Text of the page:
When our self-esteem is low, which is typical of co-dependence, we are more likely to develop depression. Self-reliance is learned, as well as self-esteem, beliefs and habits that cause low self-esteem and depression.
Self-esteem is what we think about ourselves. Includes positive and negative self-evaluations. Good self-esteem is a realistic and positive self-concept. It reflects self-esteem and implies a sense of worth that is not determined by comparison or approval of others. Self-acceptance (which some writers include as part of self-esteem) is deeper. It is a feeling that you are good enough, neither perfect nor not enough. We feel valued and loved, not just because of beauty, talent, achievement, intelligence, status, or popularity. It is a feeling of inner contentment.
We each have an intrinsic value, not based on how we perform or what we do or deliver. Just as every child and every breed of animal is unique and worthy of love, so are we. Unfortunately, many of us grew up in families where love was not present, conditional, or had to be earned. We believed that we had to win or win the love of a parent.
As a result, we fear being original for fear of being hated. We may pursue people who cannot love us and reject those who love us. We “over” or “over give” in relationships and at work, and we end up feeling resentful, exploited, or exploited.
Related Topics: Self-Editing: How to Rewrite Your Toxic Life Stories
Habits that cause low self-esteem and depression
If you conclude that self-esteem is essential to enjoying your life and enjoying lasting and healthy relationships, you are right!
The following bad habits, typical of dependent people, can make you feel insecure, ashamed, anxious, sad, and hopeless:
1. Compare yourself negatively with others.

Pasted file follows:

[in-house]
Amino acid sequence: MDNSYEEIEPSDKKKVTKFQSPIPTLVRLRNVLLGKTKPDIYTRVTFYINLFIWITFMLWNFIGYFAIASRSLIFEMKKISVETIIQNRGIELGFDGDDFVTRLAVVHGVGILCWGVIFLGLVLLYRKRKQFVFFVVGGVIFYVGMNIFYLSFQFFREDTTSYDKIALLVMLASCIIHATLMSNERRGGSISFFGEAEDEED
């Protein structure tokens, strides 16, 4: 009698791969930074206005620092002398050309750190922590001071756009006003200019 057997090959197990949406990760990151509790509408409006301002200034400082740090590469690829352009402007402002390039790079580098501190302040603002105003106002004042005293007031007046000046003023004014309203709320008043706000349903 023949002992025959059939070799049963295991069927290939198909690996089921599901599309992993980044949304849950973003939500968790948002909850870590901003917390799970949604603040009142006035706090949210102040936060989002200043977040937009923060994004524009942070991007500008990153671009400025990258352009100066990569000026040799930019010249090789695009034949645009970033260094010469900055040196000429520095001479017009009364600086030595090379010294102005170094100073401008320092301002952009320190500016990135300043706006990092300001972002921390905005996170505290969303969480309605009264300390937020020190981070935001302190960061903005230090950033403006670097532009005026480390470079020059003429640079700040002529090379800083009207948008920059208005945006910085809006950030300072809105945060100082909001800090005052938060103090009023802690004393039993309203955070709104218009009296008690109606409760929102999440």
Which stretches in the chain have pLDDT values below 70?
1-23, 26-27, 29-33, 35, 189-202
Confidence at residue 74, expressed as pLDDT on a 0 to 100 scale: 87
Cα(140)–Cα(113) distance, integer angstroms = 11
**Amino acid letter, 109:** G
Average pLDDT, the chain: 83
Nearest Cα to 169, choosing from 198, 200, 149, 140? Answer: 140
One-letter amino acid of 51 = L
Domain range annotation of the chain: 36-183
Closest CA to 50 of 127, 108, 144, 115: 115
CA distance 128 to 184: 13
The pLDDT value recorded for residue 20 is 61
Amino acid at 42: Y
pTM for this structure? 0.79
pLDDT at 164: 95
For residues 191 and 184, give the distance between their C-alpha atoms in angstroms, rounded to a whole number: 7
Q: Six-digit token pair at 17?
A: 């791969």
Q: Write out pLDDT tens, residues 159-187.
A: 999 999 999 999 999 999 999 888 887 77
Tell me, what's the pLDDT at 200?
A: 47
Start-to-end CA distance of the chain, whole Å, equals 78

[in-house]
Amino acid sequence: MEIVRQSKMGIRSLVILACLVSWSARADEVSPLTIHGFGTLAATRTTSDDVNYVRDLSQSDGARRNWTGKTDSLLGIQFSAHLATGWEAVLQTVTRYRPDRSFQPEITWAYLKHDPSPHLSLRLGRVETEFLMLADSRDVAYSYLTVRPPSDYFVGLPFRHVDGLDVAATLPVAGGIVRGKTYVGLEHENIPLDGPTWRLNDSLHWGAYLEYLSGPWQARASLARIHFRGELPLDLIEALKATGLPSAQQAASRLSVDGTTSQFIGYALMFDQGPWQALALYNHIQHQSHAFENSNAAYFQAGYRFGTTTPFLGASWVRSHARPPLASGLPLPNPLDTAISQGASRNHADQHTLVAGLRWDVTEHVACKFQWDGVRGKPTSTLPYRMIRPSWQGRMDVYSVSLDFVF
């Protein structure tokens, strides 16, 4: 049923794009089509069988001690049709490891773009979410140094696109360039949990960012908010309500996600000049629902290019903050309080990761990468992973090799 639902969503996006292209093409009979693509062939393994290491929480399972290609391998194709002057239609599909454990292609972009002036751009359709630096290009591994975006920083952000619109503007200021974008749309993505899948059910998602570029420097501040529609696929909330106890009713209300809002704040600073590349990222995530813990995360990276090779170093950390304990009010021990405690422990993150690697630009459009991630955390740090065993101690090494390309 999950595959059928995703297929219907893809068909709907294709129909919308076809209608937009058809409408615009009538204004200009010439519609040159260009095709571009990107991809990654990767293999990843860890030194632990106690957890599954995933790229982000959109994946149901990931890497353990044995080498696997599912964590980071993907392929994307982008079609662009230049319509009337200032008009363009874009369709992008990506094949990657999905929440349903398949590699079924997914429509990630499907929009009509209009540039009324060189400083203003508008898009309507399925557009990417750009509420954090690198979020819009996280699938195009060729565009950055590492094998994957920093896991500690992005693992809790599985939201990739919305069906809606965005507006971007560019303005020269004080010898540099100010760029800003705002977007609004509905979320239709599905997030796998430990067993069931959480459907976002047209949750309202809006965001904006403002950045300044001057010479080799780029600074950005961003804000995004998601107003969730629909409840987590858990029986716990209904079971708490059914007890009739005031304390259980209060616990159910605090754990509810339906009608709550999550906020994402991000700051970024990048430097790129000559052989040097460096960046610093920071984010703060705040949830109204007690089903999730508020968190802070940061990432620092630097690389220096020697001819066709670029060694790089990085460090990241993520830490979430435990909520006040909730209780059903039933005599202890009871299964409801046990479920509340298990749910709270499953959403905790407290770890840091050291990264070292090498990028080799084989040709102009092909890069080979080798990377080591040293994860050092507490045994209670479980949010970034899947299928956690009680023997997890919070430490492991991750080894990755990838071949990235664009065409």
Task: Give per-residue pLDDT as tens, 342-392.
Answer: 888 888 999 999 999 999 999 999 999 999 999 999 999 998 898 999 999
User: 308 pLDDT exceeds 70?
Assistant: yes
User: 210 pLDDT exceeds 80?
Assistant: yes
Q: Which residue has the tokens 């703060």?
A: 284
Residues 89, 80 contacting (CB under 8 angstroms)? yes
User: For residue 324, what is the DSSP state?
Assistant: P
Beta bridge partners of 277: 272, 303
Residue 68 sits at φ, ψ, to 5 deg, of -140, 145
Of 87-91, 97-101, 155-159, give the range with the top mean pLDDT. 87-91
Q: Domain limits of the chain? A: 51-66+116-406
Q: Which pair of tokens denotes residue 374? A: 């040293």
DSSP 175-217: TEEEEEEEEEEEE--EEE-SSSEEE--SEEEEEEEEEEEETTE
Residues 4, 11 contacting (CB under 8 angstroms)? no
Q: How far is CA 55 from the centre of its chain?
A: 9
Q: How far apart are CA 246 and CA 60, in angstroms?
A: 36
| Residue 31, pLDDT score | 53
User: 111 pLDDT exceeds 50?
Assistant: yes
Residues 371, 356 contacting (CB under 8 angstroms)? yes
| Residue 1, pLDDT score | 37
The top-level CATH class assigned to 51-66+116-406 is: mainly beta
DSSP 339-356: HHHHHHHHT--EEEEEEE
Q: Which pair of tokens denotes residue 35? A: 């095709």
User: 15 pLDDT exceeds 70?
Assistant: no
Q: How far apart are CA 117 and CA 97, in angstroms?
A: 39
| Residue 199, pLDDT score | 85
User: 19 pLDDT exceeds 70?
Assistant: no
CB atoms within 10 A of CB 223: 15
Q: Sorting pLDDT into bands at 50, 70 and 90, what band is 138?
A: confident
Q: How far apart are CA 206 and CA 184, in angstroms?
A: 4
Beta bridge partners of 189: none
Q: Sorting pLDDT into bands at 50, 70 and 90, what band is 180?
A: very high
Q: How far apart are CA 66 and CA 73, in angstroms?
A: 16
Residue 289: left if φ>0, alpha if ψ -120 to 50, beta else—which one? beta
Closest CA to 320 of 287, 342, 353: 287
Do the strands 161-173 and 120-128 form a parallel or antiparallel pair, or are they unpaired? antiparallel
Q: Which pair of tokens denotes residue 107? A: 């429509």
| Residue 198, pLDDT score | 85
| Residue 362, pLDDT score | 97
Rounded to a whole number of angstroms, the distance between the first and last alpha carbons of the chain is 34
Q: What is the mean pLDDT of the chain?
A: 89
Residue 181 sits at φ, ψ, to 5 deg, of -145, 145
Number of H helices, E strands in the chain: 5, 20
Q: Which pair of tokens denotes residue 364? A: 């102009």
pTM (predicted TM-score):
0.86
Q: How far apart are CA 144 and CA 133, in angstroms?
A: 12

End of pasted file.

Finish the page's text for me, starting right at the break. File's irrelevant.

2. Find the fault in yourself.
3. Replace yourself with “should.”
4. Offer self-criticism to others and imagine that they are judging you.
5. Do not try new things to avoid falls.
7. Doubt your instincts and decisions.
8. Ignore your needs and desires.
9. Don’t set boundaries and allow abuse, criticism or exploitation.
10. Refuse to forgive yourself
When we compare ourselves to another person, either favorably or unfavorably, we measure ourselves by an external standard. Feeling “better than” someone is really a way to compensate for the underlying shame and low self-esteem. The elevator we’re getting is wrong. It would be much more helpful to ask why we need to compare ourselves to someone else.
When we compare ourselves negatively, it is self-deprecating. We feel inferior, lose confidence, and love ourselves less. It frustrates our mood and discourages us.
An active inner critic surrounds us with what we should and should not do, guessing what we have already done. Discovering the usual errors can lead us to assume that others see us as we see ourselves. In this way, we project our criticism onto others and expect and feel the effects of the criticism or judgment we imagine, even when nothing is happening. This leads to anxiety, shyness, people-pleasing and conflicts in relationships.
Low self-confidence leads to fear of making mistakes, appearing fools, or failing. Our self-esteem is always on the line, so it’s safe not to try anything new to avoid appearing incompetent or unsuccessful. This is another reason to put off new or difficult tasks or experiences.
Related: 5 life-changing habits that build self-esteem
At the same time, we grumble and criticize ourselves for failing to achieve our goals. Instead of taking risks, we make the mistake of not trying, which guarantees “failure” and low self-esteem.
Accommodating others at a young age leaves us unsure of our values and beliefs and encourages dependence on others. Decision making becomes difficult, even crippling. Low self-esteem and shame heighten our fear of making mistakes, leading to self-doubt, insecurity and indecision. Instead, we procrastinate or look to others to validate opinions, opinions, and answers, which undermines our self-confidence and self-esteem.